In concert: Mose Allison at Blues Alley
By Mike Joyce
At Blues Alley on Thursday night, Mose Allison didn't perform tunes from "The Way Of The World," a widely acclaimed CD released in the spring. Still, the audience was delighted with what he had to offer. The 82-year-old tunesmith and pianist devoted his trio's opening set to songs that have long been part of his singular and sardonic repertoire, some self-penned, others slyly adapted.
The original compositions included two tunes that sum up Allison's lacerating view of contemporary society as well any: "Ever Since The World Ended" and "Monsters Of The Id." No one can accuse Allison of ranting, however: he's too droll and crafty for that. During this show, his southern charm and wit was also reflected in songs composed by John D. Loudermilk and other kindred spirits.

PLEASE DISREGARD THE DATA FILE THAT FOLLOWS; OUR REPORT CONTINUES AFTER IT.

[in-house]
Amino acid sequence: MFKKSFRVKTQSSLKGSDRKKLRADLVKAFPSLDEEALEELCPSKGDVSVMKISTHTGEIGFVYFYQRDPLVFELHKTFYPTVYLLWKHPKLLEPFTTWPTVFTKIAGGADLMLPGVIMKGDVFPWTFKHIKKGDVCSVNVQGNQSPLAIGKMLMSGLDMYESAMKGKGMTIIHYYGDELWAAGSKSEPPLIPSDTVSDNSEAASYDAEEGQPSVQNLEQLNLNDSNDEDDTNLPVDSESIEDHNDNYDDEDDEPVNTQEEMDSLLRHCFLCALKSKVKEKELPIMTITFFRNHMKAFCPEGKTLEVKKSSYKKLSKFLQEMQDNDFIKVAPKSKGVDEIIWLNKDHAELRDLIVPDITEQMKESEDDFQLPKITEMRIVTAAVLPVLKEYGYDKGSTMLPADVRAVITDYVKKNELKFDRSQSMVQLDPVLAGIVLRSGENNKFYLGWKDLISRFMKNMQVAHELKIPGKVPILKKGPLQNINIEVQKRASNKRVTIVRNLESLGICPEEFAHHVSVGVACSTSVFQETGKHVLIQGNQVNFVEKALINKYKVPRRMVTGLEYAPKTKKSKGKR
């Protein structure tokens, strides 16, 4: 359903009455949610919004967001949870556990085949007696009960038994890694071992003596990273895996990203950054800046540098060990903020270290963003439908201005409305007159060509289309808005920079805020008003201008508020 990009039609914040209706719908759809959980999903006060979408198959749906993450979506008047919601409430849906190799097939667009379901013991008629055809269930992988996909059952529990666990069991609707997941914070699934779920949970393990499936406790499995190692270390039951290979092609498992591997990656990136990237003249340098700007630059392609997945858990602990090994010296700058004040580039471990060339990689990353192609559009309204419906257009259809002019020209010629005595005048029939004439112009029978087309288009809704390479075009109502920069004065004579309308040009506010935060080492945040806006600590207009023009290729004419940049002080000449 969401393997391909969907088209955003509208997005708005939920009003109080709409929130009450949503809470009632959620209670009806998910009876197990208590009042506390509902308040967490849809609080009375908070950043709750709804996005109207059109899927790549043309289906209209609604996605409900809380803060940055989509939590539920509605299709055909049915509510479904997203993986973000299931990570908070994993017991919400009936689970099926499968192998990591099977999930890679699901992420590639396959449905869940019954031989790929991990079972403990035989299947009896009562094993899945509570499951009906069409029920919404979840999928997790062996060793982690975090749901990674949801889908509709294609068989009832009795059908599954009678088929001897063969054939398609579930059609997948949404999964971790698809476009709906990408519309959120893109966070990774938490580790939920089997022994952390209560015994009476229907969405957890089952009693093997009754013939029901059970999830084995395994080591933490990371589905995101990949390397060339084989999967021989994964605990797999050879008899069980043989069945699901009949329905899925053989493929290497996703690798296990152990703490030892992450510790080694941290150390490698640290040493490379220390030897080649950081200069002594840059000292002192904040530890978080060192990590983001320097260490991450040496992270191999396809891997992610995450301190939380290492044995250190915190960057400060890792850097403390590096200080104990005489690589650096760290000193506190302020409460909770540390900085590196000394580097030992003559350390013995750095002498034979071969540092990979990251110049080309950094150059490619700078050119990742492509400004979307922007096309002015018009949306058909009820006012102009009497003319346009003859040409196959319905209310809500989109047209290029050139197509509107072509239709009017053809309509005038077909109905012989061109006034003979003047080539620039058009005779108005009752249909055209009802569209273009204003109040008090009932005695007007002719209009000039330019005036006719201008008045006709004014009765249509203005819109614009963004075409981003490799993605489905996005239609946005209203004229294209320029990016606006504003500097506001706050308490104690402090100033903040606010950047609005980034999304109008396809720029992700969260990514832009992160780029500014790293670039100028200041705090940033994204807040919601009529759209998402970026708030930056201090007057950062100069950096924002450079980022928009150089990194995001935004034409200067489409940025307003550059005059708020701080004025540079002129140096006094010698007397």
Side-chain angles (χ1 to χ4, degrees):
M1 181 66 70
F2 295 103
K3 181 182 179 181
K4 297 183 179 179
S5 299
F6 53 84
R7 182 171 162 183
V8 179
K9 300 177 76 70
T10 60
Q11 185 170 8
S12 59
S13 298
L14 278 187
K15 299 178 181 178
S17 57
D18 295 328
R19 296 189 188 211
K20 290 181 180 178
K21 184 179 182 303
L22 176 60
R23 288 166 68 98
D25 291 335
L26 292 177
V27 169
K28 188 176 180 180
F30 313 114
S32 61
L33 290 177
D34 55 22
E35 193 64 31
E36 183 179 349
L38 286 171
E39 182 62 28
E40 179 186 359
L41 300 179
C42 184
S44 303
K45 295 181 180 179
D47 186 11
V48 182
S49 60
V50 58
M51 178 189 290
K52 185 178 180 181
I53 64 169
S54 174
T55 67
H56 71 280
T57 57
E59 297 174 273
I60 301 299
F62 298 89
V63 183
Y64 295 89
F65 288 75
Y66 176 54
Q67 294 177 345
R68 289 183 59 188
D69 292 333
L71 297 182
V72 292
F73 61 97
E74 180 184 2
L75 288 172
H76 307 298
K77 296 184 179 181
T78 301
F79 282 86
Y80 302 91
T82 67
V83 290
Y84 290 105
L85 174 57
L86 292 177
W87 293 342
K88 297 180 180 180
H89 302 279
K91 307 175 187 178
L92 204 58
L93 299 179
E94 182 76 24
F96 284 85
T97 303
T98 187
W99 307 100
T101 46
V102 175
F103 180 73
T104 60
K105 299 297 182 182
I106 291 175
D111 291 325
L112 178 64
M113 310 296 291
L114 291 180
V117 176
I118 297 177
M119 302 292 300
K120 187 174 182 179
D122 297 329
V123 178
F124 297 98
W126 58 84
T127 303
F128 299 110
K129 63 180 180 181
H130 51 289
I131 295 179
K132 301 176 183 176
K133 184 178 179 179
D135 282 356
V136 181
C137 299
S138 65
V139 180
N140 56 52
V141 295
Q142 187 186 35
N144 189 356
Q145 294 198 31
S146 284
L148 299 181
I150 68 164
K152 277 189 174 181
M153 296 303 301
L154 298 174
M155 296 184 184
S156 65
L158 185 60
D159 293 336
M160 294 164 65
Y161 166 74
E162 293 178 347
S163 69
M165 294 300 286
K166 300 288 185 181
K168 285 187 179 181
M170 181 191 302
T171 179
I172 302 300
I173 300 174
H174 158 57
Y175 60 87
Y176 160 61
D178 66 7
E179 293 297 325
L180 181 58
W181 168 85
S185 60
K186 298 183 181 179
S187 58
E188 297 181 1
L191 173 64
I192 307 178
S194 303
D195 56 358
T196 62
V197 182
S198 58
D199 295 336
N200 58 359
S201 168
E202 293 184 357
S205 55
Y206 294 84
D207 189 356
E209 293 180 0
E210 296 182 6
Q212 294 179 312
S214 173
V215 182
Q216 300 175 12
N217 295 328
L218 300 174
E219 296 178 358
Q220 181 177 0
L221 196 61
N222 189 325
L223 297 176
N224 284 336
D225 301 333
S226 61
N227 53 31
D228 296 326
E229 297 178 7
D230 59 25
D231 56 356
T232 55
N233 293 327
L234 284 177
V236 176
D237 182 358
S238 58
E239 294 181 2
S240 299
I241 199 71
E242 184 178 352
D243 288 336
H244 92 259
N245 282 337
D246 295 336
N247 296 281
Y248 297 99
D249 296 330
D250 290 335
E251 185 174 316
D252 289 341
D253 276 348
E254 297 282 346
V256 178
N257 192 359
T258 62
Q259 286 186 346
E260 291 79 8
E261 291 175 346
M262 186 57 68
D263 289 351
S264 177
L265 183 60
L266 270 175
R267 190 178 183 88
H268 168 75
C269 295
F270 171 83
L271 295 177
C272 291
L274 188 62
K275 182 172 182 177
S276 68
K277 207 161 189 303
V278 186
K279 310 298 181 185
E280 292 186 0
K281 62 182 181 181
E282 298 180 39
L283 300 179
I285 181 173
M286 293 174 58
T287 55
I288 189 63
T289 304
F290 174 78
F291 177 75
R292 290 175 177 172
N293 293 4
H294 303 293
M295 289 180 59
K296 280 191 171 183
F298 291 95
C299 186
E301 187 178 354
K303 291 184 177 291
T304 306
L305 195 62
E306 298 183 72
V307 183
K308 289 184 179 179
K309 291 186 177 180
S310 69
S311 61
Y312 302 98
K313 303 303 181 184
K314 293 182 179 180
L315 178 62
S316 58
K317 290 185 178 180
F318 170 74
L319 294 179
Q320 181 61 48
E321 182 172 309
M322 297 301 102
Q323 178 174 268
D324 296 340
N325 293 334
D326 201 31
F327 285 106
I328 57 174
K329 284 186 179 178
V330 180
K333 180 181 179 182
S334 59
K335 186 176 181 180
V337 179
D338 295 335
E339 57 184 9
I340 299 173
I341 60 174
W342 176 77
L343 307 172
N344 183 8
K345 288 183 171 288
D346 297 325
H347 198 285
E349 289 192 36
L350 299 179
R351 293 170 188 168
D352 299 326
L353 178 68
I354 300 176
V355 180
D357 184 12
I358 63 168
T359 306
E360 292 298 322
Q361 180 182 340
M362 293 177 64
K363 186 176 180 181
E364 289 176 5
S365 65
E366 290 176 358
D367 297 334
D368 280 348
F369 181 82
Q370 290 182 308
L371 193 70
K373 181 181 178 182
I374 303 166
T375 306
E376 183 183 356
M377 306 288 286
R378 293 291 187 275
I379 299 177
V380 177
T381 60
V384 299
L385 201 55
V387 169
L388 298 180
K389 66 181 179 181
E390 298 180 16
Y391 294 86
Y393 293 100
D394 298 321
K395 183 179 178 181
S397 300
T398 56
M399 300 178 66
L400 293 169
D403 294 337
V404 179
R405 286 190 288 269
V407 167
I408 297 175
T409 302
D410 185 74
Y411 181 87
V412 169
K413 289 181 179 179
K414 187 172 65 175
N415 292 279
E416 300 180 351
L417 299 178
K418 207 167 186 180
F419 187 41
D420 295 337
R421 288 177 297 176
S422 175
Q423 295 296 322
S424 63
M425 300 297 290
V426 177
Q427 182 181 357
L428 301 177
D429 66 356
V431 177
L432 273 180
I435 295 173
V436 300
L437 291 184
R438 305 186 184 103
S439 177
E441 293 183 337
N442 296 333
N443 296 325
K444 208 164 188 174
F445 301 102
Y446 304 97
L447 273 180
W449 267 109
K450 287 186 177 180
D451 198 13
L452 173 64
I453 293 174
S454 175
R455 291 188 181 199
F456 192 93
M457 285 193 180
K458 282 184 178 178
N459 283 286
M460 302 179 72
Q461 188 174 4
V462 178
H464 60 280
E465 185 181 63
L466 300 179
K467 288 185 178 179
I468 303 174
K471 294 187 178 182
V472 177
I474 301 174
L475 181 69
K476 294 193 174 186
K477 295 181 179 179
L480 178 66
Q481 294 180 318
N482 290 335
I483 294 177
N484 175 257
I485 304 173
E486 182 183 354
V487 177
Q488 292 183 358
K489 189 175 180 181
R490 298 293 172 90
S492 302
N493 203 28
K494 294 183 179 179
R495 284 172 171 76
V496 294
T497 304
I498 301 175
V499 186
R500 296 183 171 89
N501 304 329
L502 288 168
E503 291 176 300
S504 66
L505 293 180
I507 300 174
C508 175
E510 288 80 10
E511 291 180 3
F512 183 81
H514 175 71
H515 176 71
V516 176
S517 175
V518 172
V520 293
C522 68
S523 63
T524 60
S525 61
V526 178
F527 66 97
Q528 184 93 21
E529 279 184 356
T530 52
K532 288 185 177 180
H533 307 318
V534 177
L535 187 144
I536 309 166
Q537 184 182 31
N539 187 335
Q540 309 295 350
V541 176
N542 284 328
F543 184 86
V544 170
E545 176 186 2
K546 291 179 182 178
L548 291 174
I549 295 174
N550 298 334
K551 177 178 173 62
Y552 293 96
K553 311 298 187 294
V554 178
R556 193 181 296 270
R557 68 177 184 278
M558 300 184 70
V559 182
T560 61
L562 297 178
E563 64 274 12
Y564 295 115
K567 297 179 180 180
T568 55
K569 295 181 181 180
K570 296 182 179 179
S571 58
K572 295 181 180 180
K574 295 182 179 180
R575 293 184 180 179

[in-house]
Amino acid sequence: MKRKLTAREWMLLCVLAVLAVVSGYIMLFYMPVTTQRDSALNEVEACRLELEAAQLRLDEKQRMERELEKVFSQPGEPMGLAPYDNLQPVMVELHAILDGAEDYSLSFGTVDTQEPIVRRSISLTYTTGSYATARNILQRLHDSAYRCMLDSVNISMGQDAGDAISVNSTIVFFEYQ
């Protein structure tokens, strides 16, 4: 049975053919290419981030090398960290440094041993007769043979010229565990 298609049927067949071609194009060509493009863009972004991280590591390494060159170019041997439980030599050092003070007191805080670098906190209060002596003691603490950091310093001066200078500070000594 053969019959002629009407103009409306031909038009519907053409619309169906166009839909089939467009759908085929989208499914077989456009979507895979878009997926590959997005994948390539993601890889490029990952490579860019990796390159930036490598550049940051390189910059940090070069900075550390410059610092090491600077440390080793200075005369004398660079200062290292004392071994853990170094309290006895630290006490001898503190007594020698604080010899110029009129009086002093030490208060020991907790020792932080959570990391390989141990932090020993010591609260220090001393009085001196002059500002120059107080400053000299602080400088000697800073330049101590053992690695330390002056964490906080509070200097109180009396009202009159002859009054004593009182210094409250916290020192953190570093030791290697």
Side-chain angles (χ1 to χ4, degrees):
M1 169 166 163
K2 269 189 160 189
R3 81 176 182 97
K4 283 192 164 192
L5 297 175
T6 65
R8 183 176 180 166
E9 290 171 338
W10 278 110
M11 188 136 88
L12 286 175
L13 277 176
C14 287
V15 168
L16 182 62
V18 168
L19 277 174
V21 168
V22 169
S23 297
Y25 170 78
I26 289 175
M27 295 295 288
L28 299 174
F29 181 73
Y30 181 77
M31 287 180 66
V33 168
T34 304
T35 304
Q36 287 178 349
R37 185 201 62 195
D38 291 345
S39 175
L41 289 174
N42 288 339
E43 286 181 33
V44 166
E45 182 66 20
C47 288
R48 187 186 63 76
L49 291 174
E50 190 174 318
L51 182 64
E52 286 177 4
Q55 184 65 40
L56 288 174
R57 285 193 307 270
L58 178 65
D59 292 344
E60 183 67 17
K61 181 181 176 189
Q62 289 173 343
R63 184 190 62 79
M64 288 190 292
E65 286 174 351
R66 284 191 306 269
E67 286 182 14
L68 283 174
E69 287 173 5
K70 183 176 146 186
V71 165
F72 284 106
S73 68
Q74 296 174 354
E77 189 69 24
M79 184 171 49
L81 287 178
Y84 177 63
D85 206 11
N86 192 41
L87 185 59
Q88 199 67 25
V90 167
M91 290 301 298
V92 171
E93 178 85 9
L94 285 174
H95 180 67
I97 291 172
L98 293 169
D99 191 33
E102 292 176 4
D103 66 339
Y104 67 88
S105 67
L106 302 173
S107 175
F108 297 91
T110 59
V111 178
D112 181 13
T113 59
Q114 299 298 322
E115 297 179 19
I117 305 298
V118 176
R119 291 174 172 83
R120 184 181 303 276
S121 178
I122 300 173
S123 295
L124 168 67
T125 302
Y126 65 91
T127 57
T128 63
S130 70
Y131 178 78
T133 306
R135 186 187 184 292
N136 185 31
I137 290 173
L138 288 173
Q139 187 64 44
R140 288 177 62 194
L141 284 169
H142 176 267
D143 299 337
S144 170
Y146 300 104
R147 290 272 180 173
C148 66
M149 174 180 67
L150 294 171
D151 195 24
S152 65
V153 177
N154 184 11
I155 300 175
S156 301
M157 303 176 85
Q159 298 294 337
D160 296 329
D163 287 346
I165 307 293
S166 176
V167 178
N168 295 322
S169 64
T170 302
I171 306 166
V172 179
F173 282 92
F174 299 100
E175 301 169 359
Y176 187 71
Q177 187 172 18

Over a half century ago, Allison lived in New York and shared engagements with Thelonious Monk and numerous be-boppers. Yet his Mississippi roots remains as evident as his modern jazz influences. Like a lot of country blues musicians, he has an elastic sense of time that accommodates his distinctive way of phrasing a lyric. It took less than a minute for him to personalize "Stranger In My Own Hometown," a Percy Mayfield tune later recorded by Elvis Presley, and he pulled off the same trick when revisiting Willie Dixon's "I Love The Life I Live."
Adroitly accompanying Allison were two longtime collaborators: bassist Tommy Cecil and drummer Tony Martucci, who colorfully punctuated the rhythmically tricky arrangements.
The engagement runs through Sunday.
September 17, 2010; 1:55 PM ET
Categories: In concert | Tags: Mose Allison
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